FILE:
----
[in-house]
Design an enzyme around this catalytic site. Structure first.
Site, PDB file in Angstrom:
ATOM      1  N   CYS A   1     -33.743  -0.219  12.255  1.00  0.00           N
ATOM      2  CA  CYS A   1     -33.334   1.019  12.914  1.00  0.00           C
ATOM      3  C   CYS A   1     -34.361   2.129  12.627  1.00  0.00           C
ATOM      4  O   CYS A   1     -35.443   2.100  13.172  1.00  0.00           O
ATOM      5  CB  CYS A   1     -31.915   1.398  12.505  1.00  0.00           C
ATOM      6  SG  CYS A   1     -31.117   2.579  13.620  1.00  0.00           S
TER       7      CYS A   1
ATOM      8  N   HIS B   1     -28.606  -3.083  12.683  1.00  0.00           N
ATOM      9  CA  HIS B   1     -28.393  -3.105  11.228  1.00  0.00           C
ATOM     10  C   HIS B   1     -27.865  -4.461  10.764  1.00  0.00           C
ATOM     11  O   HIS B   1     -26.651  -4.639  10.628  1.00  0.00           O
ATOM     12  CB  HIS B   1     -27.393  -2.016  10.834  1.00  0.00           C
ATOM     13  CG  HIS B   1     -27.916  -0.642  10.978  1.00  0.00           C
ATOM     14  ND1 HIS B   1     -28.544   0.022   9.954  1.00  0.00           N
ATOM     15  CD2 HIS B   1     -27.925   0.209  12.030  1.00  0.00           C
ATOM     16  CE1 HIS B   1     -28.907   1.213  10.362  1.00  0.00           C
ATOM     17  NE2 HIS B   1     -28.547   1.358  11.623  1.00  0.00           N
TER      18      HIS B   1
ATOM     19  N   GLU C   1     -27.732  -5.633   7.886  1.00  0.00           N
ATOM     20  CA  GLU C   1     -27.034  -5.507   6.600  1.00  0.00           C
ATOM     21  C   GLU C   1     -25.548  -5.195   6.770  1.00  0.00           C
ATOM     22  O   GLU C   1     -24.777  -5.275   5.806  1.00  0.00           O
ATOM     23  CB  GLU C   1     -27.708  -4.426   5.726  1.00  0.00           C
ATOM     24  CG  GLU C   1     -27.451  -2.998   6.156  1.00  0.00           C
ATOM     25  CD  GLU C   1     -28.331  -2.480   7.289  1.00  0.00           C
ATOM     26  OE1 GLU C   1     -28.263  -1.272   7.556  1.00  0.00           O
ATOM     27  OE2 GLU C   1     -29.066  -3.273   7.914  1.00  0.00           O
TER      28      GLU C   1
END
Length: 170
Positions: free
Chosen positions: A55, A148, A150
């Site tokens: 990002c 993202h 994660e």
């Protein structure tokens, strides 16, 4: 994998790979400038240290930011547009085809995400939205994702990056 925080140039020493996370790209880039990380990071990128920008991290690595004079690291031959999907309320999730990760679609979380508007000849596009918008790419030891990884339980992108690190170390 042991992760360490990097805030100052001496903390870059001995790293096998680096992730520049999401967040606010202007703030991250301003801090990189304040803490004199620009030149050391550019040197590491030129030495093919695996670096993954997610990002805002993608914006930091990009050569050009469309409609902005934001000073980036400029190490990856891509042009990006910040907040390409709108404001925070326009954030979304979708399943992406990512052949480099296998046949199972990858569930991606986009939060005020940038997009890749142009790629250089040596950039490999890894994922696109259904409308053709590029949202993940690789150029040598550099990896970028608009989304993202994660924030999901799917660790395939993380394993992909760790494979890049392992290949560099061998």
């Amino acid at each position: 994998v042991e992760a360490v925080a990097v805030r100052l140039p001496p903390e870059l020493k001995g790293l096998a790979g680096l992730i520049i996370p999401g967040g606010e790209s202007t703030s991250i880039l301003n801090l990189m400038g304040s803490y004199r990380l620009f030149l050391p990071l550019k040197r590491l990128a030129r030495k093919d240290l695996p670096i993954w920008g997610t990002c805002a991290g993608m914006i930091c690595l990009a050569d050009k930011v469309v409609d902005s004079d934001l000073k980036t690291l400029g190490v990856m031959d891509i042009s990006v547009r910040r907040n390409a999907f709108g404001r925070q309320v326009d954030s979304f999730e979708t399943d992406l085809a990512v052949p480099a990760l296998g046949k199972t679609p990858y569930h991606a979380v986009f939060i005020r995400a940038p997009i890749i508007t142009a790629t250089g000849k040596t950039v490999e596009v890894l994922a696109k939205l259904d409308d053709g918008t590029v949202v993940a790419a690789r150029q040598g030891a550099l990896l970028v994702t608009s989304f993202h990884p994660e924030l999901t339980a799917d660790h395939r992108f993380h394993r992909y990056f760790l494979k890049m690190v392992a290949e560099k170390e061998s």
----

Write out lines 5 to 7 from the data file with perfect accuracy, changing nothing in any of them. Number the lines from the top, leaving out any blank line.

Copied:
ATOM      2  CA  CYS A   1     -33.334   1.019  12.914  1.00  0.00           C
ATOM      3  C   CYS A   1     -34.361   2.129  12.627  1.00  0.00           C
ATOM      4  O   CYS A   1     -35.443   2.100  13.172  1.00  0.00           O